In some embodiments, a suitable contrast agent can be administered to the patient prior to imaging, so as to enable organ-specific functional imaging. Different system configurations may support any desired subset of the operational modes.

Unlike some known RF imaging methods and systems, which are limited to relatively shallow penetration depths (e.g., breast imaging), embodiments of the present invention achieve high performance imaging in applications requiring deep RF penetration, such as cardiac imaging.

System Description

FIG. 1A is schematic, pictorial illustration of a radio frequency medical imaging and therapy (RFIT) system 20, in accordance with an embodiment of the present invention. The description that follows refers mainly to the active imaging mode, for the sale of clarity. The other operational modes and the system configurations supporting them are described further below.

A patient 24 sits on a chair 28, which is located in the middle of a cylindrical antenna array 32. The antenna array comprises multiple antenna elements 36, which are selectively combined and actuated to form multiple effective antennas. The effective antennas transmit and receive RF beams having different orientations to and from the patient's body, in order to image and/or apply treatment to a target organ or tissue. In order to perform RF ablation, local heating or generate RF-induced pressure, however, some or all of antenna elements 36 transmit in unison towards a certain focal point. Although the embodiments described below mainly address cardiac imaging applications, the methods and systems described herein can be used to image and treat any other suitable target organ and tissue type.

In the exemplary system configuration of FIG. 1A, array 32 has a diameter of approximately 4 m and a height of approximately 80 cm. Six hundred thirty elements 36 are distributed around the cylinder perimeter, and the array has a height of forty elements. Thus, in total, the array comprises twenty-five thousand two hundred antenna elements. In alternative embodiments, array 32 may comprise a lower or higher number of elements and may have any other suitable shape or dimensions. In some embodiments, the system comprises one or two additional dome-shaped antenna arrays (not shown in the figure), which are positioned above and/or below the patient. The additional arrays further improve the spatial resolution of the system, particularly when performing RF ablation.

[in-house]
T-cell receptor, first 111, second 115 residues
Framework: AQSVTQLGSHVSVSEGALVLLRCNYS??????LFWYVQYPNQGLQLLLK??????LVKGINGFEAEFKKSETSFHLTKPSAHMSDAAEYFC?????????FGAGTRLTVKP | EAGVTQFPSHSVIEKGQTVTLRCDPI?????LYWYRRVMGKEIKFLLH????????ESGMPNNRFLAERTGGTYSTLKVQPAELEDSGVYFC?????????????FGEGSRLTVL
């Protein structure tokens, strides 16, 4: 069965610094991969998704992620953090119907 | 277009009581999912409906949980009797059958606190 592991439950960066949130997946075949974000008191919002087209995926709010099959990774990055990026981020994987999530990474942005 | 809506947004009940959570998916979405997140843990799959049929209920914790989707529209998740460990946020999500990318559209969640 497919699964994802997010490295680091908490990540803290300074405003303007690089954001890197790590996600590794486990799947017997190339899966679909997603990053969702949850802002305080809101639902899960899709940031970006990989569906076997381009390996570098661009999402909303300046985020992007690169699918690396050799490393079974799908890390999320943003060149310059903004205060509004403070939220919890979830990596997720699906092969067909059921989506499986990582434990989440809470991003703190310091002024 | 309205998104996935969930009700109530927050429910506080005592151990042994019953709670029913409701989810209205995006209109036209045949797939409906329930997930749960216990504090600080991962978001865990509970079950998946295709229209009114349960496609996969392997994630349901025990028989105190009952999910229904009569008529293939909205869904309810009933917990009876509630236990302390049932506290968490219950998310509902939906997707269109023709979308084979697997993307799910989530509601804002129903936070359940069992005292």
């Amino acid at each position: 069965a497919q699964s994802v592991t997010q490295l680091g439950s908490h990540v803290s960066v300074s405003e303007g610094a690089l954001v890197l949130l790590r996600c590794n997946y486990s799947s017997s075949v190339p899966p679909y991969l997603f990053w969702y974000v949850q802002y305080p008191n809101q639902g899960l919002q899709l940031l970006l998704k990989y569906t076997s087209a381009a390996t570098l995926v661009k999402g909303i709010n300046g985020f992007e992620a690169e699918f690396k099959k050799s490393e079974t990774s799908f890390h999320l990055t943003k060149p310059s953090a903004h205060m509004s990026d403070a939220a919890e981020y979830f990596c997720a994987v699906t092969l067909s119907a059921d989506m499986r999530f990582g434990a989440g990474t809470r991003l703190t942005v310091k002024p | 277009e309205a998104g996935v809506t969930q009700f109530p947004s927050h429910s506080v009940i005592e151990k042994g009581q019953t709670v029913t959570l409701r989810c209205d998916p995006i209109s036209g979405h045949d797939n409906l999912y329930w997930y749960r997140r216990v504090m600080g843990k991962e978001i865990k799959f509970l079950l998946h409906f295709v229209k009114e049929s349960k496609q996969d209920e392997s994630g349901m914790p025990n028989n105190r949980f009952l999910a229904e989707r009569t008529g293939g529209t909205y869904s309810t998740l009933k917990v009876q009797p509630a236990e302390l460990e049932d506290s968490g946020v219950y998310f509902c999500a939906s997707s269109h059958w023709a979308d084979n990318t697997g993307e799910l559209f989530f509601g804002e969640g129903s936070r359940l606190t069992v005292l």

Antenna elements 36 may comprise any suitable wideband radiating element known in the art, such as flared-notch based elements, spiral or helical elements and horn-based elements. In some embodiments, array 32 may comprise elements transmitting in different polarizations, so as to enable the system to perform polarization-dependent parameter measurements. In some embodiments, elements 36 are active elements, which comprise power amplifiers for transmission, as well as low noise amplifiers and multiple A/D converters for reception.

Chair 28 typically comprises materials that cause little distortion to the RF radiation, i.e., materials having low reflectance and absorption. The chair may comprise, for example, polystyrene foam, wood, artificial leather and cloth. Other objects, such as various medical and surgical tools and instruments, may be present in the vicinity of the patient. These objects should also comprise RF transparent materials or be covered with RF absorbing material.

Typically, the target organ to be imaged should be positioned substantially at the center of the cylindrical antenna array, in both horizontal and vertical dimensions. For this purpose, chair 28 is typically adjustable and may also recline so the patient can lie horizontally. The chair may have multiple adjustable degrees of freedom. In some embodiments, video cameras 40 are used for accurately positioning the patient at the center of the cylinder. Cameras 40 are mounted at different angles with respect to chair 28. Each camera is mounted so that the center of its field of view points to the center of the cylindrical array. The images produced by cameras 40 are displayed on one or more positioning displays 44. In order to position the patient correctly, chair 28 is remotely or locally adjusted until the region of interest (e.g., the patient torso) is seen at the center of the field of view of all cameras.

Array 32 may be mounted on an elevated platform 48. Some elements of system 20, such as signal generation and reception circuitry, should be located near the antenna array in order to minimize RF losses. Such system elements may be located underneath the elevated platform. A ramp 52 enables wheelchair or gurney access to the platform. Other system elements, such as signal processing elements, can be located in a rack 56, located further away from array 32. Typically, a spacious area is left around the patient, so as to allow easy access to the patient by staff and equipment. For example, RF imaging and therapy can take place in parallel to other procedures, such as catheterization and imaging using other modalities.